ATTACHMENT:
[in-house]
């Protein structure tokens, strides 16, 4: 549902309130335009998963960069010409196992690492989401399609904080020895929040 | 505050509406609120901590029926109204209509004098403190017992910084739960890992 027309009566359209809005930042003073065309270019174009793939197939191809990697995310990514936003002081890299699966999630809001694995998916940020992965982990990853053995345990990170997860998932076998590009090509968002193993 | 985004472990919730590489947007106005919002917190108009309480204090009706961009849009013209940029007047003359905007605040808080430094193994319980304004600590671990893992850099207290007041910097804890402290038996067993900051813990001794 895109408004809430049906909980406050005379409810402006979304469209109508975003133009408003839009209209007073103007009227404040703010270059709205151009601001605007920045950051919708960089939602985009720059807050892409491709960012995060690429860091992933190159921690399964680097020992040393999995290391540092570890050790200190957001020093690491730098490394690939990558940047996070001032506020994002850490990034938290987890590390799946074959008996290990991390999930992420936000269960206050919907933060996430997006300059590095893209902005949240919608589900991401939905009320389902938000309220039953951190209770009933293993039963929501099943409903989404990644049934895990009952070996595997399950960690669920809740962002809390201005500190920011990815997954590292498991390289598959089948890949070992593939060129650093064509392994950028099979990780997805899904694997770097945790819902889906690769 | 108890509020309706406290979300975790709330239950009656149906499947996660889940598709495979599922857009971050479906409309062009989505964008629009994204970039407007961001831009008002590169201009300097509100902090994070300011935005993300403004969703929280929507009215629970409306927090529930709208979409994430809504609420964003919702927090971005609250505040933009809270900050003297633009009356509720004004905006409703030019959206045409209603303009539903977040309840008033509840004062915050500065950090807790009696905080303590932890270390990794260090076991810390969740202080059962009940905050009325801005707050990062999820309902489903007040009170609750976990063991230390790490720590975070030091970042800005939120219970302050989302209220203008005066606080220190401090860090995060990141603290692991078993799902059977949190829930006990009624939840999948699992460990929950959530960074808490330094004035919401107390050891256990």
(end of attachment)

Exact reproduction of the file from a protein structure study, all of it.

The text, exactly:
[in-house]
């Protein structure tokens, strides 16, 4: 549902309130335009998963960069010409196992690492989401399609904080020895929040 | 505050509406609120901590029926109204209509004098403190017992910084739960890992 027309009566359209809005930042003073065309270019174009793939197939191809990697995310990514936003002081890299699966999630809001694995998916940020992965982990990853053995345990990170997860998932076998590009090509968002193993 | 985004472990919730590489947007106005919002917190108009309480204090009706961009849009013209940029007047003359905007605040808080430094193994319980304004600590671990893992850099207290007041910097804890402290038996067993900051813990001794 895109408004809430049906909980406050005379409810402006979304469209109508975003133009408003839009209209007073103007009227404040703010270059709205151009601001605007920045950051919708960089939602985009720059807050892409491709960012995060690429860091992933190159921690399964680097020992040393999995290391540092570890050790200190957001020093690491730098490394690939990558940047996070001032506020994002850490990034938290987890590390799946074959008996290990991390999930992420936000269960206050919907933060996430997006300059590095893209902005949240919608589900991401939905009320389902938000309220039953951190209770009933293993039963929501099943409903989404990644049934895990009952070996595997399950960690669920809740962002809390201005500190920011990815997954590292498991390289598959089948890949070992593939060129650093064509392994950028099979990780997805899904694997770097945790819902889906690769 | 108890509020309706406290979300975790709330239950009656149906499947996660889940598709495979599922857009971050479906409309062009989505964008629009994204970039407007961001831009008002590169201009300097509100902090994070300011935005993300403004969703929280929507009215629970409306927090529930709208979409994430809504609420964003919702927090971005609250505040933009809270900050003297633009009356509720004004905006409703030019959206045409209603303009539903977040309840008033509840004062915050500065950090807790009696905080303590932890270390990794260090076991810390969740202080059962009940905050009325801005707050990062999820309902489903007040009170609750976990063991230390790490720590975070030091970042800005939120219970302050989302209220203008005066606080220190401090860090995060990141603290692991078993799902059977949190829930006990009624939840999948699992460990929950959530960074808490330094004035919401107390050891256990």